Ending a seven-session price advance, natural gas futures dropped lower at the opening bell Monday as traders alleviated overbought conditions and cashed in on a portion of recent gains. After that initial wave of weakness, however, the market steadied itself, giving buyers the opportunity to chip away at the deficit for the remainder of the day.
November finished in negative territory at $5.547, down 10.5 cents for the session, but well above its early low at $5.39. At 94,004, estimated volume in the gas pit was heavy.
With few fundamental factors on which to pin the early price slide, market watchers were quick to turn to technicals to explain the market’s behavior. Overbought conditions was the recurring theme cited Monday with traders pointing to the market’s meteoric rise of more than a dollar in just more than a week. “[In the] short term, [this market] is overbought,” warned Ed Kennedy of Commercial Brokerage Corp. in an early note to clients Monday. “Look for a sell-off [Monday] down to downtrend support,” wrote the Miami-based broker.
As it turns out, he was right and November futures wasted little time funneling down to trendline support drawn off the 120 minute bar chart. What surprised many market-watchers however, is how well the market bounced off that $5.40 area to finish nearly 15 cents higher.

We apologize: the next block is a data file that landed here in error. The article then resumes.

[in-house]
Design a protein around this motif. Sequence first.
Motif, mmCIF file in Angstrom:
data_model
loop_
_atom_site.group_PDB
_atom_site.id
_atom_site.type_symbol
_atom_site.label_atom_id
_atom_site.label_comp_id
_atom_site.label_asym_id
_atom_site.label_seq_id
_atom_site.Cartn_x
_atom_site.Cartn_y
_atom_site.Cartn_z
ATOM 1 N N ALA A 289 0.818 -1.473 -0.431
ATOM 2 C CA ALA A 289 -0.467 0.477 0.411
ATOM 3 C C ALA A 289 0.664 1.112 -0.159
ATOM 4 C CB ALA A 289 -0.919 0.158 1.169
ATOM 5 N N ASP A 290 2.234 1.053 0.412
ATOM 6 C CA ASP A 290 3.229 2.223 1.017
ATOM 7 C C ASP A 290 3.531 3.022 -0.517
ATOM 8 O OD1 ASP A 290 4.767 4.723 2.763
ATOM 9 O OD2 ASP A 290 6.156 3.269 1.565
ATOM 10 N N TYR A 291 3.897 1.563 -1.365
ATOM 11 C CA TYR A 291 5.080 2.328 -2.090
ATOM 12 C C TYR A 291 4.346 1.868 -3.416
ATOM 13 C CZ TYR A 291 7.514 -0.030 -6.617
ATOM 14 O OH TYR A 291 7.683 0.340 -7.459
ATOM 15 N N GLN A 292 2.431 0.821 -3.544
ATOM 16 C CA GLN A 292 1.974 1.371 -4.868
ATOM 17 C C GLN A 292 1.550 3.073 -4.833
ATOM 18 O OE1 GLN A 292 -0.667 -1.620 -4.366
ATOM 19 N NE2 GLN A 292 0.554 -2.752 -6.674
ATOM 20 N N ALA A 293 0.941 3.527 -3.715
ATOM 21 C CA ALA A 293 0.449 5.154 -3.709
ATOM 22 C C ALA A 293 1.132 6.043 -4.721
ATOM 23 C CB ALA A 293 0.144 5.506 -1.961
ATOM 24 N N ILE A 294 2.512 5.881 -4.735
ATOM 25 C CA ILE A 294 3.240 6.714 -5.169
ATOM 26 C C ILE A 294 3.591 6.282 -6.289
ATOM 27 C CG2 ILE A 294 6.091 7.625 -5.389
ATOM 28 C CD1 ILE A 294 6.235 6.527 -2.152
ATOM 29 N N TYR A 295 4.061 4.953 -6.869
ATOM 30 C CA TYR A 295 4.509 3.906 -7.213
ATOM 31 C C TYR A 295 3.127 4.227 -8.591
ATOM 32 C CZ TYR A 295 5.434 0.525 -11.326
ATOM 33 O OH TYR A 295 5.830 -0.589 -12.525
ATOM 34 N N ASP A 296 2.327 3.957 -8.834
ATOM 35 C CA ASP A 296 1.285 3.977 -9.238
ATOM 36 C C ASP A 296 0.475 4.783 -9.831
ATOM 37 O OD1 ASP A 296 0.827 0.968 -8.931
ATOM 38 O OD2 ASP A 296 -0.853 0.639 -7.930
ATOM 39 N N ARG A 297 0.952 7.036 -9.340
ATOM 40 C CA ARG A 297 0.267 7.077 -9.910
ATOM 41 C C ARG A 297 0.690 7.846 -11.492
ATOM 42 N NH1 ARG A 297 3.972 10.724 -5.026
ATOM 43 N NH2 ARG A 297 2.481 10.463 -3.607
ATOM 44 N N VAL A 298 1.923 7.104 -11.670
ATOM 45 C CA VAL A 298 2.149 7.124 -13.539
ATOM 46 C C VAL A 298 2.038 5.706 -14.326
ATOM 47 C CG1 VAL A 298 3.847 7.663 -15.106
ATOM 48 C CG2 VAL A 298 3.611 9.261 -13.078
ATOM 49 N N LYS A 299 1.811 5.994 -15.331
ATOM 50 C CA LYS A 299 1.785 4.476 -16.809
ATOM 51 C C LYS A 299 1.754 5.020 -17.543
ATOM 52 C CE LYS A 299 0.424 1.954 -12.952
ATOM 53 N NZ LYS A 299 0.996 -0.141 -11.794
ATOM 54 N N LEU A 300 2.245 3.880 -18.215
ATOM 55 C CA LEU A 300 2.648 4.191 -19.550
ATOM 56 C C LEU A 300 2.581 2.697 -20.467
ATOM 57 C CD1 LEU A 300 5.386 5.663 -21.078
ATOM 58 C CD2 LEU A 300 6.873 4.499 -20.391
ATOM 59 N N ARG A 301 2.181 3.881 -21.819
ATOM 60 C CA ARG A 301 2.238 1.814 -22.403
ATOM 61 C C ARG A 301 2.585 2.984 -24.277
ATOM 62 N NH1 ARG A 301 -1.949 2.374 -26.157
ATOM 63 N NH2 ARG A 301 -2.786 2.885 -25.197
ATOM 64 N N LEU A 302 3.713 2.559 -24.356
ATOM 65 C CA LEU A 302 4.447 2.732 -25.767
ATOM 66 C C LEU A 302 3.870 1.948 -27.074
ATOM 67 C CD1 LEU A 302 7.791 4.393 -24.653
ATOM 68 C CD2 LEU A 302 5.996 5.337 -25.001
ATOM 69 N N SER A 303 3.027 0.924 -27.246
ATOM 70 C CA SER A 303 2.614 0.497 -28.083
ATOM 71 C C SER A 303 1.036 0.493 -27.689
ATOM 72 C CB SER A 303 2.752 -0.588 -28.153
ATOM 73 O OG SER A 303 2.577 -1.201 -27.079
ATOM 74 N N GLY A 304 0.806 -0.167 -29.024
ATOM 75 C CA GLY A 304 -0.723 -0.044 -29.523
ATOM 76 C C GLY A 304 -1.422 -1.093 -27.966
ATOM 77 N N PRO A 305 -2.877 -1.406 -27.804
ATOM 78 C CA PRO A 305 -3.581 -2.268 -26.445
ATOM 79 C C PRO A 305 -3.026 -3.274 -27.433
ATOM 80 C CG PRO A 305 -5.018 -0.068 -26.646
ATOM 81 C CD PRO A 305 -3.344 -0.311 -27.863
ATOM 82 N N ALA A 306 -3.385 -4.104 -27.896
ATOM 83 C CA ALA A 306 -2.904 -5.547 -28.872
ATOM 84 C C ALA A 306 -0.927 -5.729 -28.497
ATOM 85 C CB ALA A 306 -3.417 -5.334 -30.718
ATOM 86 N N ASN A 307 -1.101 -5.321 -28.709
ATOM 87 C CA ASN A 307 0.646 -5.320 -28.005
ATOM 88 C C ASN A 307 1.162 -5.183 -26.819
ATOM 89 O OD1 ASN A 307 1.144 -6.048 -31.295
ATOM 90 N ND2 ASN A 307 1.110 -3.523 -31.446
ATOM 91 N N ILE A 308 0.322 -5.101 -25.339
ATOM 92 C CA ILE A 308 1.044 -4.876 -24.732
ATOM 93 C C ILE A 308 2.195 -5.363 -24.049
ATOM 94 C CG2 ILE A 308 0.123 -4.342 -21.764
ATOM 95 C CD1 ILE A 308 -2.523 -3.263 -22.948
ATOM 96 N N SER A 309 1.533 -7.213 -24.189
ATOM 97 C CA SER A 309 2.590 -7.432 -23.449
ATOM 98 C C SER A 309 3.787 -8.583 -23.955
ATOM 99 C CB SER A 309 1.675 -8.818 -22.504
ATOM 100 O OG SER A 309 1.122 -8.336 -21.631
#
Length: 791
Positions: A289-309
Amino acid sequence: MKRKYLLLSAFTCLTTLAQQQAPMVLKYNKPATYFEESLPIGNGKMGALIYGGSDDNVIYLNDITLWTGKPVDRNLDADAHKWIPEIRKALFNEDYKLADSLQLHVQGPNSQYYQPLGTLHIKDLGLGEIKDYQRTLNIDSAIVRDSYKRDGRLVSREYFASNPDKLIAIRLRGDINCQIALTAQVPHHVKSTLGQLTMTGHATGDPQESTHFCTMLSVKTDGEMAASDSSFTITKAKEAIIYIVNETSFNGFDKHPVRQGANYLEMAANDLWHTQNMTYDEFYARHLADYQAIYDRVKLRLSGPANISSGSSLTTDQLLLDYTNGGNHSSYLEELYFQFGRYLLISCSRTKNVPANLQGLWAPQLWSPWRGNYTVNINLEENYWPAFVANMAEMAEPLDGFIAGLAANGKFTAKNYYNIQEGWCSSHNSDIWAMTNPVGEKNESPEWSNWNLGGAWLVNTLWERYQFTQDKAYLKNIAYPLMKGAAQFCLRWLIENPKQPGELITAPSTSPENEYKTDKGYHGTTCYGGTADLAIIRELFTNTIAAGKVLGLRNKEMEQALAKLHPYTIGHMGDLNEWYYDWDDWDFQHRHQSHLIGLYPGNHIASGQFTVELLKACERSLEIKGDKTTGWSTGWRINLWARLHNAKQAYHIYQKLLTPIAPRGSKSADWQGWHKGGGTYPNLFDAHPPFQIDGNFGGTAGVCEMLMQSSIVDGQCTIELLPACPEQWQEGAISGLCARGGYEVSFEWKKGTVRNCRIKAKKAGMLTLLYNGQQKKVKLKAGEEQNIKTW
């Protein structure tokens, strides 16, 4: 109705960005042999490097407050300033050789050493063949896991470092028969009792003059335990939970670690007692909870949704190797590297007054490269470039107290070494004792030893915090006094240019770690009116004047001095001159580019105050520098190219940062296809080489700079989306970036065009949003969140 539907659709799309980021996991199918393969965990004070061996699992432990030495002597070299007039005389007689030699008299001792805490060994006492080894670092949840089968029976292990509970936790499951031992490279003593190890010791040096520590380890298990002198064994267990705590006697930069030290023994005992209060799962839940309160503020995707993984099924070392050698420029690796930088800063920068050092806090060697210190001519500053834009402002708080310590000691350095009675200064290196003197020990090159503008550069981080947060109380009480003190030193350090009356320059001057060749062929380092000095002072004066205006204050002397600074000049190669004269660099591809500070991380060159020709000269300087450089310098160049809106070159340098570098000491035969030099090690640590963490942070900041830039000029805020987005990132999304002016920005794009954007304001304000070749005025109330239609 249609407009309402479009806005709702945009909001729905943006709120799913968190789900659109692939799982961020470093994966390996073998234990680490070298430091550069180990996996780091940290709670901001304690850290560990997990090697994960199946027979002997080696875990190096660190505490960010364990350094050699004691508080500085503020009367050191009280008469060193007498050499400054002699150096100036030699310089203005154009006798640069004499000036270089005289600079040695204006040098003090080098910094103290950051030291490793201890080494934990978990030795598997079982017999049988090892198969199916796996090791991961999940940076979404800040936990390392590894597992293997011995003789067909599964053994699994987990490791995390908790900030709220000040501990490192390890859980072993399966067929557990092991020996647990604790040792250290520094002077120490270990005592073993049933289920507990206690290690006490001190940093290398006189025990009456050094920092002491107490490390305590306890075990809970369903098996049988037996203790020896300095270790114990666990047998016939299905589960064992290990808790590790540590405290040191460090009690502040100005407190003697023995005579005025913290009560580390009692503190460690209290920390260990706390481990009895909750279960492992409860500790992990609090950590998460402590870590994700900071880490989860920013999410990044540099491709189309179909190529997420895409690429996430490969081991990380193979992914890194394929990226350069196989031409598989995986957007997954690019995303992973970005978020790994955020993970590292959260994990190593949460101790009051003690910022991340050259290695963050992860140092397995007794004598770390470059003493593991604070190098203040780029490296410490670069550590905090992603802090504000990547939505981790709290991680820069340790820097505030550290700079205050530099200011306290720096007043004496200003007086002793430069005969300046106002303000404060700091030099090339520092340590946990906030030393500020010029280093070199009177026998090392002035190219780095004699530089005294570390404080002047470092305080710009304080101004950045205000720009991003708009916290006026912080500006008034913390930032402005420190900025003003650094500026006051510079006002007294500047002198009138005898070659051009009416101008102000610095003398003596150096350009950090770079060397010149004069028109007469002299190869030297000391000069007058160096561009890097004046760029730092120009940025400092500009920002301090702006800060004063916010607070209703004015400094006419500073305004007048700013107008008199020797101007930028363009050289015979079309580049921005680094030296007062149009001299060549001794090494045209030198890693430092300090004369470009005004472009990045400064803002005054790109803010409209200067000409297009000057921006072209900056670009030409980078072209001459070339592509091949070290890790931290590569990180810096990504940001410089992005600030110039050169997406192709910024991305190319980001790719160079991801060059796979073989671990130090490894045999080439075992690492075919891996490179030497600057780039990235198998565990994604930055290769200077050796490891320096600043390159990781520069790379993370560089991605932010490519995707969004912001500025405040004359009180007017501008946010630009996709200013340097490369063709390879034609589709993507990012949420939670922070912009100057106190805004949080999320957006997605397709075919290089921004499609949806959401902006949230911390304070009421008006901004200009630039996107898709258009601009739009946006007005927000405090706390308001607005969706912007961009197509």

Because the market rebounded so spryly, traders are mixed on the next price leg. While some suggest that Monday’s sell-off alleviated the overbought conditions and cleansed the market’s of some of its weak length, others look for more softness this week. “While probabilities are on the side of some additional rally over the very short-term, the longer-term picture warns that gas is becoming vulnerable to a correction to retrace some percentage of the strong rally from the October low,” said futures technician Craig Coberly of GSC in Atlanta. “Given the large magnitude of this rally, even an unusually small percentage retracement results in a significant price move.”
Specifically, Coberly points to Fibonacci retracements of the recent rally that could land the market down to $5.23 (50%) or $5.00 (62.8%).
Looking ahead, fundamental picture is also mixed this week as traders will grapple with the likelihood of another large storage report Thursday against the backdrop of cooler weather forecasts. Kyle Cooper of Citigroup remains bearish on storage and looks for a 82-92 Bcf refill to easily eclipse last year’s comparable 48 Bcf build as well as the five-year average injection of 51 Bcf. “Inventories are easily on track to exceed 3,050 Bcf and may easily hit 3,100 Bcf,” he said.
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